Damian Anderson, 45, of New Bedford succumbed to his injuries after being shot multiple times on Monday night, July 20, in the Collins Lane area of Mashpee.

On Wednesday, July 22, Norman J. Dias, 32, was arraigned in Falmouth District Court on a single count for the murder of Mr. Anderson, according to Cape & Islands District Attorney Michael O’Keefe.

Judge Edward F.X. Lynch ordered Mr. Dias held without bail. The defendant is scheduled to return for a probable cause hearing on August 20.

According to statements by the district attorney and Mashpee Police Chief Scott W. Carline, Mashpee police responded at approximately 11:30 PM on Monday to reports of shots fired in the vicinity of Collins Lane in Mashpee, near Mashpee Community Park.

Upon their arrival, Mr. O’Keefe said police observed Mr. Anderson lying in the middle of Collins Lane. He had been shot multiple times. Mashpee Fire/Rescue personnel administered first aid to Mr. Anderson and then transported him to Cape Cod Hospital in Hyannis, where he died of his injuries.

Police found Mr. Dias hiding in the woods adjacent to Collins Lane, according to Mr. O’Keefe. They took him into custody, questioned him and then released him.

As the investigation continued, the district attorney said probable cause was established for a warrant to arrest Mr. Dias.

At approximately 7 PM on Tuesday, July 21, police found Mr. Dias in Boston and arrested him.

On Wednesday, the court sealed the “Commonwealth versus Norman J. Dias” case file with an affidavit from Anthony Chatigny, a Massachusetts State Trooper assigned to the Cape & Islands State Police Detective Unit.

“Public disclosure of the facts contained herein will compromise the above investigations as well as compromise the safety of witnesses and those parties who may be cooperating with the investigation,” Trooper Chatigny’s affidavit stated.

Also on the same day, the court held Mr. Dias on $500 bail on two charges from March 30: assault and battery of a family member and witness intimidation of a family member.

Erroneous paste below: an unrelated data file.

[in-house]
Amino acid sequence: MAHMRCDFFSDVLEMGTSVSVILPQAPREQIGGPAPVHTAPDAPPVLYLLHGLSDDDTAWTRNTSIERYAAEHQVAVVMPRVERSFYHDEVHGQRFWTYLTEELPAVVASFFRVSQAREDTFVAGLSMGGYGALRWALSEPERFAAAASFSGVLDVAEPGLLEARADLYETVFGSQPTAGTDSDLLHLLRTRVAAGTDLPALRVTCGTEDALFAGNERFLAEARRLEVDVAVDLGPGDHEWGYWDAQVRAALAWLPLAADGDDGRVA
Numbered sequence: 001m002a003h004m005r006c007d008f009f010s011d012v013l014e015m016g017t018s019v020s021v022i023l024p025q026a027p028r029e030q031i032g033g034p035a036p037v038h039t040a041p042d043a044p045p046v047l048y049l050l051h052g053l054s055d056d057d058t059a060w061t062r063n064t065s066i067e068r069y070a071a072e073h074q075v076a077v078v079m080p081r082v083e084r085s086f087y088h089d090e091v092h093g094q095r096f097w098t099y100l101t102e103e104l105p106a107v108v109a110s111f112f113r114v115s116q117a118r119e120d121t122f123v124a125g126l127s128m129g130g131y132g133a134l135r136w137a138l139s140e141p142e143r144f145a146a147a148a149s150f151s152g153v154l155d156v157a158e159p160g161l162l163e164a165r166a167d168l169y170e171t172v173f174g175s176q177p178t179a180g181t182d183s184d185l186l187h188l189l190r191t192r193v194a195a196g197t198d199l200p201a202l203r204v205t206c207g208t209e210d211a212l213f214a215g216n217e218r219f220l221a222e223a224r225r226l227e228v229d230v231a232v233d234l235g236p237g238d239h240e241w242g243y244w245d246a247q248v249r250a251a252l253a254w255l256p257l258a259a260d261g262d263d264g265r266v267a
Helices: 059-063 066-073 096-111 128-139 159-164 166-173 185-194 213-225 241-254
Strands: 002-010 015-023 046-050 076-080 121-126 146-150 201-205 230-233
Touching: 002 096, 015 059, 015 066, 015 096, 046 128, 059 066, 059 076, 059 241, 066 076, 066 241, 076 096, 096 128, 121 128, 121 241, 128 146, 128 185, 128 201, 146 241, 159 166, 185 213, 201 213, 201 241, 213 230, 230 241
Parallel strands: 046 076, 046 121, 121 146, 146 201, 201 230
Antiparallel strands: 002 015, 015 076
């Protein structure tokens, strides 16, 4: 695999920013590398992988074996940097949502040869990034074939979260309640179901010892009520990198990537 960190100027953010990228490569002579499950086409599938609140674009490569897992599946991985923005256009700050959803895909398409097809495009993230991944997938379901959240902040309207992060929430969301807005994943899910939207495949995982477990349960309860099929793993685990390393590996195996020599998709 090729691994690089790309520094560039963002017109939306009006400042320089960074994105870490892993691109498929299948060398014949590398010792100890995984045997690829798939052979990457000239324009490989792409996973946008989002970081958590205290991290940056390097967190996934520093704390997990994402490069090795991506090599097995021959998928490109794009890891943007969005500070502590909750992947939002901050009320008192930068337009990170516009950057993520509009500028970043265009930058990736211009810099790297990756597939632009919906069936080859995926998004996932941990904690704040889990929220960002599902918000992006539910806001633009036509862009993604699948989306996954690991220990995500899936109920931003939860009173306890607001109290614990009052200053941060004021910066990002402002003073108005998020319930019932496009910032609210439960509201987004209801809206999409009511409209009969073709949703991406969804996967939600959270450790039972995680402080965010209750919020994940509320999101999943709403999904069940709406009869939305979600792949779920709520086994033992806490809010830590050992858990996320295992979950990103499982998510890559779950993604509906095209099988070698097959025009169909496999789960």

At this time, Mr. Dias’s mother was the legal guardian of the family member in question, and a no-trespass order was in effect at the mother’s house toward Mr. Dias. According to court records, Mr. Dias’s mother had allowed him to stay there at the time because he was suffering from a leg injury and was on crutches.

The $500 bail was moot because Mr. Dias was being held without bail on the murder charge.

Amid the investigation into Mr. Anderson’s murder, friends and family have been mourning him.

Social media was teeming with loving words, appreciation and sadness from those who knew Mr. Anderson.

David (D.J.) Frye of Falmouth met Mr. Anderson in 7th grade, and the two were friends who played on the basketball team in junior high and the football team in high school.

“We went on our own paths but still bumped into one another from time to time, and it was like we never left one another. Everyone loved and respected Damian. I never ever met a person that had a bad thing to say about him,” Mr. Frye said.

Mr. Frye’s wife, Alicia, said Damian was an amazing person who would give anyone the shirt off his back.

“Everyone that knew him loved him. It didn’t matter if they were young or old he could relate to everyone. My daughter, who’s 23, recently lost her dad, and he reached out to her and shared some words of advice, and that meant the world to me. He looked out for everyone and definitely did not deserve to be murdered,” she said. “He was usually the loudest one of the bunch and the life of the party but never mean or disrespectful. His kind spirit and fun personality will be missed by so many.”

Another close friend and distant cousin of Mr. Anderson is Michael Basey of Falmouth, who referred to him as “day day.” Mr. Basey and Mr. Anderson looked so much alike when they were growing up that they would often get mistaken for the other, Mr. Basey said.

“Day day was always clowning! We had some fun basketball battles back in the day. He loved his family and his Cape Verdean roots...he will truly be missed by all,” Mr. Basey said.

Seton Murphy also grew up with Mr. Anderson and had lost touch with him over the years but never lost his appreciation for and admiration of Mr. Anderson.

“Dame was one of the nicest guys I knew growing up. He protected me from bullies. He had a heart of gold, and I am very saddened by his death. I pray for his family and close friends,” he said.

Cedric Cromwell, the chairman of the Mashpee Wampanoag Tribe, also made a statement about Mr. Anderson, who was not a tribal member.

“We lost a wonderful man in a tragic incident this week. He was extremely close to many of our tribal members and has left our community in mourning. It’s times like these that family and friends of Damian may lean on our Tribal Nation for support. We will be here to lift up those that are grieving while we try and make sense of a life lost,” Mr. Cromwell said.

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